Posted by Rhiannon12866 | Mon Feb 2, 2015, 04:39 AM (1 replies)

Millions of gallons of BP oil found resting on the Gulf floor

Yet another study raises questions about the long-term impact of the 2010 disaster

Another study has identified a massive amount of oil resting on the Gulf of Mexico’s floor, contradicting BP’s claims that everything is totally better now and raising questions about the lasting impact of the 2010 spill.

Researchers at Florida State University identified some 6 to 10 million gallons of BP oil buried in the sediment at the bottom of the Gulf, covering a 9,300 square mile area southeast of the Mississippi Delta. Their findings, published in the journal Environmental Science and Technology, help solve the mystery of where all the oil went: a federal judge ruled that BP spilled about 134 million gallons of oil in total, although government estimates put that amount even higher.

Last year, geochemists at the University of California-Santa Barbara identified a similar phenomenon, of what they called a “bathtub ring” of oil the size of Rhode Island scattered across the Gulf. The authors of this study, as with that one, express concern about what it’s doing down there. Jeff Chanton, a professor of oceanology at FSU and the study’s lead author, notes that as oil remains deep underwater, it encounters less oxygen, making it more difficult to decompose.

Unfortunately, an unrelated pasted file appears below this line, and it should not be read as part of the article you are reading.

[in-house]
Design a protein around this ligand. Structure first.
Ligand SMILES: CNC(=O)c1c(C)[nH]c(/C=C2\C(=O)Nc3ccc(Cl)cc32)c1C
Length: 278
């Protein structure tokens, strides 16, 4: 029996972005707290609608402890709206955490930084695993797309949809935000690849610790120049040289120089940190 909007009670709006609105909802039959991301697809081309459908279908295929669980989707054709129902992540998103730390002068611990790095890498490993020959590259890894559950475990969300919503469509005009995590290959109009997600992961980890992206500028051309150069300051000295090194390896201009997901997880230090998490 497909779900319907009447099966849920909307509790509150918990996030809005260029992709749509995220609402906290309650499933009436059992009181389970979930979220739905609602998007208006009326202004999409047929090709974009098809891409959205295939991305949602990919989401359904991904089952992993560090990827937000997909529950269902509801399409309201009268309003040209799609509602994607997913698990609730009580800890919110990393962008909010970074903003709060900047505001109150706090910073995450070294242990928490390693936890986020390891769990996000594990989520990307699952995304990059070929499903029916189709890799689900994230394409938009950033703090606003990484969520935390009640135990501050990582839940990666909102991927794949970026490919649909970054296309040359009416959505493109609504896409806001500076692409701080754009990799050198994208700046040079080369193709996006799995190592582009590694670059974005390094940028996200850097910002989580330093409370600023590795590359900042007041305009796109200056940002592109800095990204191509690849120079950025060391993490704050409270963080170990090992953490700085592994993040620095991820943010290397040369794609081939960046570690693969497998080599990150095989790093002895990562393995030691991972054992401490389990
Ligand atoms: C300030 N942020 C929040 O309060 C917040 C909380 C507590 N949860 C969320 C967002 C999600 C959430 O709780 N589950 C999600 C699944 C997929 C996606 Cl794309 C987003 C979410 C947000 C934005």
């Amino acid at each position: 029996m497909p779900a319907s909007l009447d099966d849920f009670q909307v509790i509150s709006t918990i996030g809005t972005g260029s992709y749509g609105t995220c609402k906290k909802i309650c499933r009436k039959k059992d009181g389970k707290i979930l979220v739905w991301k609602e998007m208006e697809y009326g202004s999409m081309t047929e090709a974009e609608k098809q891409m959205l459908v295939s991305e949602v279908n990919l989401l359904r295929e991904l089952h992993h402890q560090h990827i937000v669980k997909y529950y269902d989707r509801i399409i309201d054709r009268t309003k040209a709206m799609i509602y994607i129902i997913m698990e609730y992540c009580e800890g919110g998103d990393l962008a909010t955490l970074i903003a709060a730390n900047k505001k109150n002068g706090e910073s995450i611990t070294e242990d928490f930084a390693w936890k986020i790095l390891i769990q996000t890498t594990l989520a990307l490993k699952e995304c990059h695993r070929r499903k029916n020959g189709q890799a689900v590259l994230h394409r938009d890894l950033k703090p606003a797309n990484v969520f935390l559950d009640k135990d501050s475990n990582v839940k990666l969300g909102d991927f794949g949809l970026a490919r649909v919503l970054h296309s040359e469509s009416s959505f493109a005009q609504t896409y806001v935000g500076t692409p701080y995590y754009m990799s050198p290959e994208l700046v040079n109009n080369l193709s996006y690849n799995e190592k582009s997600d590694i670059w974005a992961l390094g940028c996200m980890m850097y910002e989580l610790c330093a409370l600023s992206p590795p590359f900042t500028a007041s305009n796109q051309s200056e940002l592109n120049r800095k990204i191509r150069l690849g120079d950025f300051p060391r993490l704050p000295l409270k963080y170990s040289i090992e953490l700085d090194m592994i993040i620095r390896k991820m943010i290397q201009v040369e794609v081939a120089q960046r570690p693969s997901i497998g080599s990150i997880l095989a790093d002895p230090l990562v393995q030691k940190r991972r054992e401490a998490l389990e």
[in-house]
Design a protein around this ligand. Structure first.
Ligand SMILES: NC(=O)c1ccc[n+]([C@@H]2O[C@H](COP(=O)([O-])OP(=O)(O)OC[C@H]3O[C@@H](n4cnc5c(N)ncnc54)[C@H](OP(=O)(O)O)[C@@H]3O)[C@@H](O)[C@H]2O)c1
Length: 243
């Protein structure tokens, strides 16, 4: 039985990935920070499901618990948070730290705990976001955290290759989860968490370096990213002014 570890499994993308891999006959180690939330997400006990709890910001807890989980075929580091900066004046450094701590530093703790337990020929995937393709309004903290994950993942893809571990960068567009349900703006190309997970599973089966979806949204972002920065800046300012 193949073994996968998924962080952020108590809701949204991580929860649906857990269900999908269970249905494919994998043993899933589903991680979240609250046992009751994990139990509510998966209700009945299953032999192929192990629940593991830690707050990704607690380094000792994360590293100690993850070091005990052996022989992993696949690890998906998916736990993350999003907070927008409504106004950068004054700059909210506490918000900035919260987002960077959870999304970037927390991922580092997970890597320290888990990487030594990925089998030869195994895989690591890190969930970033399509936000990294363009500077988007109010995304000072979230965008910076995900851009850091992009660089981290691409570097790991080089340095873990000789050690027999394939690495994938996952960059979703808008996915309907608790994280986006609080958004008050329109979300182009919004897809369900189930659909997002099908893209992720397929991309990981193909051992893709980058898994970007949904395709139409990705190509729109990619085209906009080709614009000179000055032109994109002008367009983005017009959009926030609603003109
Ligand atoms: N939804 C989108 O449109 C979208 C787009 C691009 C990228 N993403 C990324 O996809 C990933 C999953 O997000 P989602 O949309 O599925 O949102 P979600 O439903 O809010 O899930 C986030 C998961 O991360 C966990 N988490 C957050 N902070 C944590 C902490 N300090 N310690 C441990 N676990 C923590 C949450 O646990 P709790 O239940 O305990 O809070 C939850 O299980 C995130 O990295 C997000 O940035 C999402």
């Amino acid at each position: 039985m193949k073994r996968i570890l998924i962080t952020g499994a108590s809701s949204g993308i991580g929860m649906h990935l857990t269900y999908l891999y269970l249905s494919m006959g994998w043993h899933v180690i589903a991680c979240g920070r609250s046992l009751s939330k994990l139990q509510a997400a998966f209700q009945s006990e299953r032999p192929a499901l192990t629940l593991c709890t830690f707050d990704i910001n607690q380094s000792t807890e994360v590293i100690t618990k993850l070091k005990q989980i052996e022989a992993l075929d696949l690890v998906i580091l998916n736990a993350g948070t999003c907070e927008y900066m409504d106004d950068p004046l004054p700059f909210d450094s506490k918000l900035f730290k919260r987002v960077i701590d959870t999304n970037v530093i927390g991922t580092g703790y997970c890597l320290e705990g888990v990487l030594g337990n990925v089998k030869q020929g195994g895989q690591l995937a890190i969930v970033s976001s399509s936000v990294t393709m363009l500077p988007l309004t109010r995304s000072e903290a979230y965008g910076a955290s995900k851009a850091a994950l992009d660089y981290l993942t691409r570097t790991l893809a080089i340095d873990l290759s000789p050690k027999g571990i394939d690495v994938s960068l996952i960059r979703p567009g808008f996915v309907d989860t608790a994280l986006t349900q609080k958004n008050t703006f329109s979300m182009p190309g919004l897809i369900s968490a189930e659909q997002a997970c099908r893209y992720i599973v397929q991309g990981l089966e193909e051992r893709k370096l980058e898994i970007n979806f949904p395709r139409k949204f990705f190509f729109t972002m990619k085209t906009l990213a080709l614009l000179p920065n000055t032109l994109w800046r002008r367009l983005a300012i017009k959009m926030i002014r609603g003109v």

And just because it’s buried doesn’t mean it’s gone forever. “This is going to affect the Gulf for years to come,” Chanton said. “Fish will likely ingest contaminants because worms ingest the sediment, and fish eat the worms. It’s a conduit for contamination into the food web.


A member of Louisiana Gov. Bobby Jindal's staff reaches into thick oil in the Northern regions of Barataria Bay in Plaquemines Parish, La., Tuesday, June 15, 2010. (AP Photo/Gerald Herbert) (Credit: Gerald Herbert)
Posted by Rhiannon12866 | Mon Feb 2, 2015, 02:31 AM (11 replies)

Crashed AirAsia's tail hoisted from sea in search of boxes

Source: AP